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J Am Pharm Assoc (2003). 2003 Sep-Oct;43(5):573-82.

The pharmacist's role in smoking cessation counseling: perceptions of users of nonprescription nicotine replacement therapy.

Author information

1
Department of Clinical Pharmacy, School of Pharmacy, University of California-San Francisco, 3333 California Street, Suite 420, San Francisco, CA 94118, USA. khudmon@itsa.ucsf.edu

Abstract

OBJECTIVES:

To characterize nonprescription nicotine replacement therapy (NRT) users with respect to sociodemographic characteristics, tobacco use history, and support for tobacco cessation received from health care professionals; assess the methods used for quitting (past and present) by NRT users; assess NRT users' perceptions of the need for and usefulness of pharmacist-facilitated cessation interventions; and determine the types of pharmacy-based interventions that would be most helpful before and during quit attempts.

DESIGN:

One-time attitudinal assessment.

SETTING:

Primarily Northern California.

PARTICIPANTS:

One hundred three individuals who had recently purchased nonprescription NRT products for use during their current or upcoming quit attempt.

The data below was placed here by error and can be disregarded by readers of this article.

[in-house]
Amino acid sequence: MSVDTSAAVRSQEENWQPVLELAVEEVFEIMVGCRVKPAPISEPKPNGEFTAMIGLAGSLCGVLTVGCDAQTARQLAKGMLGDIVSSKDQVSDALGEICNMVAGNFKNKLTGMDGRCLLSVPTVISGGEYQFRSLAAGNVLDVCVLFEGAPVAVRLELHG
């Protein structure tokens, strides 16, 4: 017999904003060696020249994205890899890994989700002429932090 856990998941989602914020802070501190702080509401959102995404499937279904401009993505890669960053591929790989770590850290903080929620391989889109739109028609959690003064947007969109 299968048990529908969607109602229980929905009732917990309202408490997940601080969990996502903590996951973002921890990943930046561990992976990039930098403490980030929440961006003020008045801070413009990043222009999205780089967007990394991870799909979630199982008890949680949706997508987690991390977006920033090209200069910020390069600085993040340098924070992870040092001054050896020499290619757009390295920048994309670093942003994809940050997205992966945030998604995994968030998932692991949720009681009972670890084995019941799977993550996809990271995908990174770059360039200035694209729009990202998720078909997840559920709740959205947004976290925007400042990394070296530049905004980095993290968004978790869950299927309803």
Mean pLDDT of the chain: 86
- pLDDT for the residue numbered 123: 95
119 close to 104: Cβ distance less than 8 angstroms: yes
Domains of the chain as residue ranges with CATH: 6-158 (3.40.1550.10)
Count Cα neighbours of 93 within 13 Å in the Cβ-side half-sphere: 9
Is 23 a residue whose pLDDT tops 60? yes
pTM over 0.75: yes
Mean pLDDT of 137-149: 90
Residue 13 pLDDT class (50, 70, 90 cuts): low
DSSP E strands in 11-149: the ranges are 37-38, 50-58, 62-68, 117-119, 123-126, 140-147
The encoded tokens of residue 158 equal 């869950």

INTERVENTION:

In-depth telephone interviews.

MAIN OUTCOME MEASURE:

Perceptions of pharmacy-based tobacco cessation counseling services.

RESULTS:

The concept of pharmacist-facilitated assistance was appealing to many NRT users. Sixty-three percent of participants believed that receiving advice or assistance from a pharmacist would either probably (46%) or definitely (17%) increase a smoker's likelihood of being able to quit. Twenty-one percent were unsure, and 16% thought pharmacist assistance would not increase the chance of success. Forty-six percent reported that they would be either very or extremely likely to meet with a pharmacist for one-on-one counseling if a nominal ($10) co-payment were required; this percentage increased to 68% if the service were provided free of charge. The preferred structure for counseling interventions varied widely among participants, suggesting that individually tailored counseling programs are necessary.

CONCLUSION:

A substantial proportion of nonprescription NRT users view pharmacist-assisted cessation as an appealing approach to smoking cessation.

PMID:
14626749
[Indexed for MEDLINE]

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